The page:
Fundamental Analysis Basics

Fundamental analysis attempts to determine the value of a company by analysing the financial data from the annual report and using other qualitative data about the company and the environment in which they operate. This value is often called 'intrinsic value'.

Fundamental analysis assumes that over the long term, a stock price will reflect the company's intrinsic value.


A sound fundamental definition comes from Investopedia.  They define fundamental analysis as:

A method of evaluating a security that entails attempting to measure its intrinsic value by examining related economic, financial and other qualitative and quantitative factors. Fundamental analysts attempt to study everything that can affect the security's value, including macroeconomic factors (like the overall economy and industry conditions) and company-specific factors (like financial condition and management).

For further reading and an online video from Investopedia go to the fundamental analysis page.

Quantitative analysis

Fundamental factors that are capable of being measured or expressed in numerical terms form the quantitative measures component of fundamental analysis.

Fundamental analysts focus on the underlying business of the company being evaluated and specifically look at quantitative measures such as:

  • Revenues
  • Earnings
  • Assets
  • Debts

These financial measures are often combined to produce fundamental or financial ratios that analysts can use to compare the company they are analysing to:

  • other companies in the same industry
  • the overall market
  • previous periods results for the same company.

Ratios that you may be familiar with include:

  • Dividend yield
  • Price to earnings ratio (PE)
  • Return on equity (ROE)

For a more detailed look at fundamental ratio definitions and formulae explore the AIA paper Fundamental analysis ratios.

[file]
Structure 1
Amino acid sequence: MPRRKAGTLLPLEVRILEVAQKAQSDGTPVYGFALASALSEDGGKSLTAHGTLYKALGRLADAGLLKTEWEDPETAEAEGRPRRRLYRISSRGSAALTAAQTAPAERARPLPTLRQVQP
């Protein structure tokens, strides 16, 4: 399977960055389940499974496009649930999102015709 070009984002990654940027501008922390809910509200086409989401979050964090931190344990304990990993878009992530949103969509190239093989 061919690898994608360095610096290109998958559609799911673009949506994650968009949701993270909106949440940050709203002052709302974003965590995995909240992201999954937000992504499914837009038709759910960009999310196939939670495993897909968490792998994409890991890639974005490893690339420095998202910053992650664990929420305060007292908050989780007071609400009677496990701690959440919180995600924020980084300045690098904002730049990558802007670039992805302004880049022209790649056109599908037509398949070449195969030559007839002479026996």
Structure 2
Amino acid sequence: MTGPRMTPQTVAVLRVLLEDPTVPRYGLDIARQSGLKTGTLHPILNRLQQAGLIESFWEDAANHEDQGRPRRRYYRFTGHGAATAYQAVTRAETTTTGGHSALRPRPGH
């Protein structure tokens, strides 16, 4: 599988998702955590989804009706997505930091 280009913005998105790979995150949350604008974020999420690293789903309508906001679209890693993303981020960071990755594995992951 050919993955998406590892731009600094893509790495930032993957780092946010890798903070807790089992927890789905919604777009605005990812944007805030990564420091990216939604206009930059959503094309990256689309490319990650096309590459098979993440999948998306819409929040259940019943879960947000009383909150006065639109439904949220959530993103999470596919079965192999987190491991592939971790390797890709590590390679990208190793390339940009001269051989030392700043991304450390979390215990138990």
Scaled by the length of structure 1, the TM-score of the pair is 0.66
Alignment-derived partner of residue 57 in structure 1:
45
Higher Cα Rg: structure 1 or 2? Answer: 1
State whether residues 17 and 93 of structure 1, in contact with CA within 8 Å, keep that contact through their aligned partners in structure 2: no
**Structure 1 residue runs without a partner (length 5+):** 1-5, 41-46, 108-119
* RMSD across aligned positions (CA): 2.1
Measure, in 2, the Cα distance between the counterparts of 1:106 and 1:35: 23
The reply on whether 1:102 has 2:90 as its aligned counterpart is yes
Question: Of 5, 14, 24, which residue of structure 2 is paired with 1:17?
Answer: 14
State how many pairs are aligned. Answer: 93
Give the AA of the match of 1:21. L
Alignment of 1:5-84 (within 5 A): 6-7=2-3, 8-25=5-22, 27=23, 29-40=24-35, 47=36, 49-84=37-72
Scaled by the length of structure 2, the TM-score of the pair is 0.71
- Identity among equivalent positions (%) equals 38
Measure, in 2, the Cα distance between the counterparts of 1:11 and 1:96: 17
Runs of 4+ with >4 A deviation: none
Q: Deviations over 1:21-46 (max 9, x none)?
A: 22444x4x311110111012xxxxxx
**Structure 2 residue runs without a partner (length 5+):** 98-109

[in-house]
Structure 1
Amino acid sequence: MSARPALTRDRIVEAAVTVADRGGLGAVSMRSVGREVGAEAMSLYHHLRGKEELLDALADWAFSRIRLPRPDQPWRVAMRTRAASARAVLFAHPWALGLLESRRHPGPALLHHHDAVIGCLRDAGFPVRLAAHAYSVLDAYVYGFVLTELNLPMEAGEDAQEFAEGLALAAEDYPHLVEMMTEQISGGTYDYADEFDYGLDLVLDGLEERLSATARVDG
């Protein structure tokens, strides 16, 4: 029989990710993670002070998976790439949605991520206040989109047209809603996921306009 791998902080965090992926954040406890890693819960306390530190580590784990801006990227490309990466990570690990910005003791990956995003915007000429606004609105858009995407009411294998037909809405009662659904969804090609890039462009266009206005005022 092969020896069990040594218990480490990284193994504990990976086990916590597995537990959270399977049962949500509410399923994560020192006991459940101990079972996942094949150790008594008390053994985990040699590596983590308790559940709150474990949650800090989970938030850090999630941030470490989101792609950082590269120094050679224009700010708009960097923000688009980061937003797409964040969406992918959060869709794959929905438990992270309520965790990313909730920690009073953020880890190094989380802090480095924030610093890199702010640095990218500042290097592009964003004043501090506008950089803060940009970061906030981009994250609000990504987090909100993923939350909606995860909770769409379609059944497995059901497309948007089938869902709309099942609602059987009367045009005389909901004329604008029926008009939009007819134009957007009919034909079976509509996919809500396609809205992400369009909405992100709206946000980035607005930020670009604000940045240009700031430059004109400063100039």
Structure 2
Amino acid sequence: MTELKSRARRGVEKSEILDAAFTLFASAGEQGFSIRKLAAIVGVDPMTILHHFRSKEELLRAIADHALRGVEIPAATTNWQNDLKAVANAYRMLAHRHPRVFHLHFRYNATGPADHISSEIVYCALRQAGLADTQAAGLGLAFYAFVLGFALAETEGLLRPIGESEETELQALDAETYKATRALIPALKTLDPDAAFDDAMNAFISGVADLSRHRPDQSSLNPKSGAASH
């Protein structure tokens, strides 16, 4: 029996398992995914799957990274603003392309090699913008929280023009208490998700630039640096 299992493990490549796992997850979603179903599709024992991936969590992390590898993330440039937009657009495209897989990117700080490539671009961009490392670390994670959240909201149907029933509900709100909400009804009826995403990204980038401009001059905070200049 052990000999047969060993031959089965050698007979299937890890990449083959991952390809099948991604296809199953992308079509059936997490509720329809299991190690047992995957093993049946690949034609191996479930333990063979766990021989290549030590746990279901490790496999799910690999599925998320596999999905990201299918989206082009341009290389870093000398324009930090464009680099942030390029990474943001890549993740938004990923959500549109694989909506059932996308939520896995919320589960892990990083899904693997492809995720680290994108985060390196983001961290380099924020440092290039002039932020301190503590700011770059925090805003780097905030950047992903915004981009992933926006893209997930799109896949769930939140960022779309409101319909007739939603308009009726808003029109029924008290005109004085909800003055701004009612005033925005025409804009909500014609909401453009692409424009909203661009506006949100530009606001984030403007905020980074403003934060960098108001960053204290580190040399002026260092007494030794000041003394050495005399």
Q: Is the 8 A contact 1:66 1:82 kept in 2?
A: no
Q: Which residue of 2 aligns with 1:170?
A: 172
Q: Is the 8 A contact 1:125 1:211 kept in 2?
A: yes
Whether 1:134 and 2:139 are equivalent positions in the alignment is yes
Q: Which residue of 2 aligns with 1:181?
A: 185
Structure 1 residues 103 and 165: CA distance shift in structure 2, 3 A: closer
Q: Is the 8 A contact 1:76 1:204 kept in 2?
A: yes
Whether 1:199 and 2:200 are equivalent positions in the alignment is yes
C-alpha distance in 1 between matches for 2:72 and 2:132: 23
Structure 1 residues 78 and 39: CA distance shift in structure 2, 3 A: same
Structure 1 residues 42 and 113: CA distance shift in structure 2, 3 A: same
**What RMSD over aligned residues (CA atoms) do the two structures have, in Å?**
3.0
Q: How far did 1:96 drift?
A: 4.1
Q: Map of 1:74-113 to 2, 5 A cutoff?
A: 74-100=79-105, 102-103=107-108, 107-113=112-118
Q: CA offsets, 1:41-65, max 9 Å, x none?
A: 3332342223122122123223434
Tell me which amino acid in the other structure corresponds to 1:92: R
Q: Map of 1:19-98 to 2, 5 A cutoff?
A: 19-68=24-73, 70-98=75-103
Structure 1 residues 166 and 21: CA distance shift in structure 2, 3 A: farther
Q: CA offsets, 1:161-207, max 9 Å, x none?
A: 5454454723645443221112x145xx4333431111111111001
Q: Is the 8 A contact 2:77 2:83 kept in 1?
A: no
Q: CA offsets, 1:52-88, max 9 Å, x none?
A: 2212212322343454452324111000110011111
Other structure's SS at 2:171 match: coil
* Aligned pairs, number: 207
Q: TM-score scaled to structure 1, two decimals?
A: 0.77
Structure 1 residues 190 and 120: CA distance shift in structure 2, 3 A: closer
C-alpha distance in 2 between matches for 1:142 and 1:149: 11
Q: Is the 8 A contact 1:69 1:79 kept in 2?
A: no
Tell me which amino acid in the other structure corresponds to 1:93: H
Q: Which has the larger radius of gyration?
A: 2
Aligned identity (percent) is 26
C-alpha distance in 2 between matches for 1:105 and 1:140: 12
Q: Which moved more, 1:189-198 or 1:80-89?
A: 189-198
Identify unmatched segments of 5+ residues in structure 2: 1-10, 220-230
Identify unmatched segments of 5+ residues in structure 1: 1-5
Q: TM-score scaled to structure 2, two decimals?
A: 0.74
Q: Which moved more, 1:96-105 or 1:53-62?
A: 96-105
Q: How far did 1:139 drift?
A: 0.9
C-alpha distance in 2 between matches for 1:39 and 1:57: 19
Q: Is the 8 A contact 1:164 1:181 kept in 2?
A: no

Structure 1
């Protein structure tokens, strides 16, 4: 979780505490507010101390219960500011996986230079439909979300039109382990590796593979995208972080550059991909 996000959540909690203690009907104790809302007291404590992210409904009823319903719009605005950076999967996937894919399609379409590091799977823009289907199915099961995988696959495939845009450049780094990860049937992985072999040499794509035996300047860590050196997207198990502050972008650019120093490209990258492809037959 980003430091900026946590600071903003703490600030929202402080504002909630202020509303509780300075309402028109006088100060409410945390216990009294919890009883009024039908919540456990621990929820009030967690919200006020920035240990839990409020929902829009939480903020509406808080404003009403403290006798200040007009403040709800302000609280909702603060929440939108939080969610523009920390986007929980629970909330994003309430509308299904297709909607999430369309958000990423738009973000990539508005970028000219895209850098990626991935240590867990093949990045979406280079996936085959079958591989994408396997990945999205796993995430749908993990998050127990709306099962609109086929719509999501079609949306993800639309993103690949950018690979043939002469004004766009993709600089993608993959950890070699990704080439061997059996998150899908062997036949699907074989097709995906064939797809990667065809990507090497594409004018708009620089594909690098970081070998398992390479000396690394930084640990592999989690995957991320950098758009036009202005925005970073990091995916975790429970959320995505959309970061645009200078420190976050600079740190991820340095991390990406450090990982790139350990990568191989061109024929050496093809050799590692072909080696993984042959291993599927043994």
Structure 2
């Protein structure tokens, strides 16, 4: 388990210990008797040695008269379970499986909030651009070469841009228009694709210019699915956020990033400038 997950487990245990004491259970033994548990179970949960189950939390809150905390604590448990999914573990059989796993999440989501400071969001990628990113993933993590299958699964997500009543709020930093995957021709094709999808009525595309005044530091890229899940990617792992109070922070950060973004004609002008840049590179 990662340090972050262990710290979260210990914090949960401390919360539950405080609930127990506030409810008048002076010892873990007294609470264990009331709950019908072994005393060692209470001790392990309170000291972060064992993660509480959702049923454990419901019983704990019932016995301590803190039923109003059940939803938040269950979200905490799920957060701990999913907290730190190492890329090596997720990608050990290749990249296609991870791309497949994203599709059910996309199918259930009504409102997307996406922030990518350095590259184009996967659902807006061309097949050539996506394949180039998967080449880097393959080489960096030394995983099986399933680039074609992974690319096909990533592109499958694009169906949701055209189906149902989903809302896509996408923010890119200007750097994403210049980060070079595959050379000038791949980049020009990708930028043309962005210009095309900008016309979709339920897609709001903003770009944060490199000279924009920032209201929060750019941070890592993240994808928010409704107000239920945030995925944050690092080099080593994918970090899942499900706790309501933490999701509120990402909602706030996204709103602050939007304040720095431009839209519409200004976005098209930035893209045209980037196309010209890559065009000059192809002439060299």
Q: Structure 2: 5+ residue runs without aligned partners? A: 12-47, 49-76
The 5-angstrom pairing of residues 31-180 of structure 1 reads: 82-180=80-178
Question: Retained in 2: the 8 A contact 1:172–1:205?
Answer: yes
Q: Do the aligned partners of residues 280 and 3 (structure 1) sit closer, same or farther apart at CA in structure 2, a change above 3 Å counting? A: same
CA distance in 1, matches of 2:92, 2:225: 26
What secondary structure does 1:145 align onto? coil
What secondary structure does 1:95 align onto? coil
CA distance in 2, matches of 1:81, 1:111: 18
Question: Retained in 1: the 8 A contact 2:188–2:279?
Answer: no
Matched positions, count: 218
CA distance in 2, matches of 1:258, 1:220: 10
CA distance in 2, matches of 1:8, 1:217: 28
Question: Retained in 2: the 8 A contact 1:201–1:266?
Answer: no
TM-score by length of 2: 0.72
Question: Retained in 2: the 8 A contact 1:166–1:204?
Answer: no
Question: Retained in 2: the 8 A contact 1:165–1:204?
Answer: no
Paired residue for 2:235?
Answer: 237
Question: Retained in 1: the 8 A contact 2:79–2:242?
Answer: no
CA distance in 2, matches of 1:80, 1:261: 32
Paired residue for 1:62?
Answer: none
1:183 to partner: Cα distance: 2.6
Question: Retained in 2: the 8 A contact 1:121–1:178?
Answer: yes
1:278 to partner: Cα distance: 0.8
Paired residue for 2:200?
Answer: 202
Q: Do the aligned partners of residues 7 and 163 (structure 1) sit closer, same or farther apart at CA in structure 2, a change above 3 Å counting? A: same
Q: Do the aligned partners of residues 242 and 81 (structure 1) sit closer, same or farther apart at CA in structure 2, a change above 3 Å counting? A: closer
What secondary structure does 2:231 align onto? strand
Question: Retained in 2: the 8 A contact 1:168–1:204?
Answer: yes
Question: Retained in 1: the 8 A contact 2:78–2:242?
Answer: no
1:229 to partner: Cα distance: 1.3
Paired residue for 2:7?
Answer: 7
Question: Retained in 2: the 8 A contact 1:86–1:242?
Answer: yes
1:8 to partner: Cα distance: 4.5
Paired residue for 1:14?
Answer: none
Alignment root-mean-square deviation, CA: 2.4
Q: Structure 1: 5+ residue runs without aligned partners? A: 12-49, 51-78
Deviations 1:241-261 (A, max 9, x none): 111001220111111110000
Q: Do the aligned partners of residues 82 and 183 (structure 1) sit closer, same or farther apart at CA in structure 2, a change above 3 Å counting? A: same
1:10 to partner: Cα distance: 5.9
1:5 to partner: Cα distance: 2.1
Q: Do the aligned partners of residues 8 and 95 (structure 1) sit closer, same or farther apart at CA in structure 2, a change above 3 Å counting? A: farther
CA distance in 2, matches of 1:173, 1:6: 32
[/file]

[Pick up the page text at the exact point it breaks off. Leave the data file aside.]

Qualitative analysis

Qualitative information that can’t be expressed in numbers but relates to the nature of the company itself is also very important in assessing the future performance of a company.

Types of qualitative information may include:

  • management performance and experience
  • competitive advantage
  • business model
  • branding.

Pros & cons

Let's explore the advantages of fundamental analysis:



Uses sound mathematical and statistical principles to produce ratios so that there is no room for personal bias.

Long term focus

Markets are usually driven by fundamental factors over the long term. Fundamental analysis can look at  long-term economic, demographic, technologic or consumer trends.


By determining an intrinsic value, fundamental analysts can determine appropriate buy prices that represent 'good value'.

Increased understanding

Research into fundamentals provides the investor with a better understanding of the company and its business.

Sleep at night factor


Investors know that they are investing in fundamentally sound companies because they have done their 'due dilgence' analysis.

Now let's look at some of the disadvantages of fundamental analysis:

Time consuming


Fundamental analysis can be hard work and be overly complicated.  Given the time and difficulty contraints, it may be difficult to get an edge.

Market sentiment


In the short term, markets will not always move in the same direction as fundamental value meaning that often short term momentum will overide the fundamentals.



Six monthly issuing of financial information may mean a company's fundamentals have significantly changed and means a time lag for investment decisions.  This appplies especially to a lack of opportunity to react quickly to exit stocks.

Based on assumptions


Fundamental analysis for future estimated value can only be based on assumptions so a best and worst case valuation model may need to be considered. 

No valuation model can take into account any unexpected negative economic, political or legislative changes. 

Another important point to consider is that most information considered in fundamental analysis comes from the company itself and assumptions have to be made that the company is providing accurate and true information.

Other resources

The following are just a few suggested resources that you may want to explore to learn more about fundamental analysis:

The ASX has an excellent Shares course.  Look for Lesson 10 on  Fundamental analysis.

Investopedia has an excellent fundamental analysis tutorial

Stockcharts have a great overview on fundamental analysis

Building Wealth Through Shares has some excellent free articles available.

Stockwatch have a series of informative fundamental analysis articles.